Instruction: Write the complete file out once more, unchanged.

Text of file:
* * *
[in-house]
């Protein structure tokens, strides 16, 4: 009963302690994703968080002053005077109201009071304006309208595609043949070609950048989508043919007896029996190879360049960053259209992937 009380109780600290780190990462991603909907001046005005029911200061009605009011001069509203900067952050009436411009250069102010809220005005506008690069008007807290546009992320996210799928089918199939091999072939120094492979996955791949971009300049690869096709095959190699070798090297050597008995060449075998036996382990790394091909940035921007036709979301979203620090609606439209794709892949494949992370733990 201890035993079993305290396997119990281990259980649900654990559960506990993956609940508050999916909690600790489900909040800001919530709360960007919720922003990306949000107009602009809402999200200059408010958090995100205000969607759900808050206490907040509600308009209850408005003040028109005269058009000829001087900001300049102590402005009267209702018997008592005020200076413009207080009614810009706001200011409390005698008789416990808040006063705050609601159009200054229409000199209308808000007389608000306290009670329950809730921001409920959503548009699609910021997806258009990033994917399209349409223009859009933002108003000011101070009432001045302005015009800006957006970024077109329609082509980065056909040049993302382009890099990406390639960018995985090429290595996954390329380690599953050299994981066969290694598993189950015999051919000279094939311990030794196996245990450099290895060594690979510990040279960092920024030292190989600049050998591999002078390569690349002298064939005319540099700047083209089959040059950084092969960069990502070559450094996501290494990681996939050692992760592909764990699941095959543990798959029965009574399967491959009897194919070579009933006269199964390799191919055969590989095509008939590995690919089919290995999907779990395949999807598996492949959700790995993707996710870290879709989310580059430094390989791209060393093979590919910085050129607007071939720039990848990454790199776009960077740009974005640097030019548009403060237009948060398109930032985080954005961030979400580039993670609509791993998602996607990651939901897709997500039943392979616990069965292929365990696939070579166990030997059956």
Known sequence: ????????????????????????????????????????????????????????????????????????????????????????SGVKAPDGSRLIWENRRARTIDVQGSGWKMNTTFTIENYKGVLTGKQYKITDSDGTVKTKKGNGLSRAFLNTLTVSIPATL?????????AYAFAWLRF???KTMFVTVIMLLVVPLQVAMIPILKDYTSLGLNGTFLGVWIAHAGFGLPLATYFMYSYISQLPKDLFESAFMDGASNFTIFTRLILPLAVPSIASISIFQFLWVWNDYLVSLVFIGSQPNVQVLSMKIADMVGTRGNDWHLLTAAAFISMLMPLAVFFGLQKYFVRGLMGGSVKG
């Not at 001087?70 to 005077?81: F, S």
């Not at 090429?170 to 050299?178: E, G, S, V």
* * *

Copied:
[in-house]
């Protein structure tokens, strides 16, 4: 009963302690994703968080002053005077109201009071304006309208595609043949070609950048989508043919007896029996190879360049960053259209992937 009380109780600290780190990462991603909907001046005005029911200061009605009011001069509203900067952050009436411009250069102010809220005005506008690069008007807290546009992320996210799928089918199939091999072939120094492979996955791949971009300049690869096709095959190699070798090297050597008995060449075998036996382990790394091909940035921007036709979301979203620090609606439209794709892949494949992370733990 201890035993079993305290396997119990281990259980649900654990559960506990993956609940508050999916909690600790489900909040800001919530709360960007919720922003990306949000107009602009809402999200200059408010958090995100205000969607759900808050206490907040509600308009209850408005003040028109005269058009000829001087900001300049102590402005009267209702018997008592005020200076413009207080009614810009706001200011409390005698008789416990808040006063705050609601159009200054229409000199209308808000007389608000306290009670329950809730921001409920959503548009699609910021997806258009990033994917399209349409223009859009933002108003000011101070009432001045302005015009800006957006970024077109329609082509980065056909040049993302382009890099990406390639960018995985090429290595996954390329380690599953050299994981066969290694598993189950015999051919000279094939311990030794196996245990450099290895060594690979510990040279960092920024030292190989600049050998591999002078390569690349002298064939005319540099700047083209089959040059950084092969960069990502070559450094996501290494990681996939050692992760592909764990699941095959543990798959029965009574399967491959009897194919070579009933006269199964390799191919055969590989095509008939590995690919089919290995999907779990395949999807598996492949959700790995993707996710870290879709989310580059430094390989791209060393093979590919910085050129607007071939720039990848990454790199776009960077740009974005640097030019548009403060237009948060398109930032985080954005961030979400580039993670609509791993998602996607990651939901897709997500039943392979616990069965292929365990696939070579166990030997059956």
Known sequence: ????????????????????????????????????????????????????????????????????????????????????????SGVKAPDGSRLIWENRRARTIDVQGSGWKMNTTFTIENYKGVLTGKQYKITDSDGTVKTKKGNGLSRAFLNTLTVSIPATL?????????AYAFAWLRF???KTMFVTVIMLLVVPLQVAMIPILKDYTSLGLNGTFLGVWIAHAGFGLPLATYFMYSYISQLPKDLFESAFMDGASNFTIFTRLILPLAVPSIASISIFQFLWVWNDYLVSLVFIGSQPNVQVLSMKIADMVGTRGNDWHLLTAAAFISMLMPLAVFFGLQKYFVRGLMGGSVKG
């Not at 001087?70 to 005077?81: F, S």
């Not at 090429?170 to 050299?178: E, G, S, V």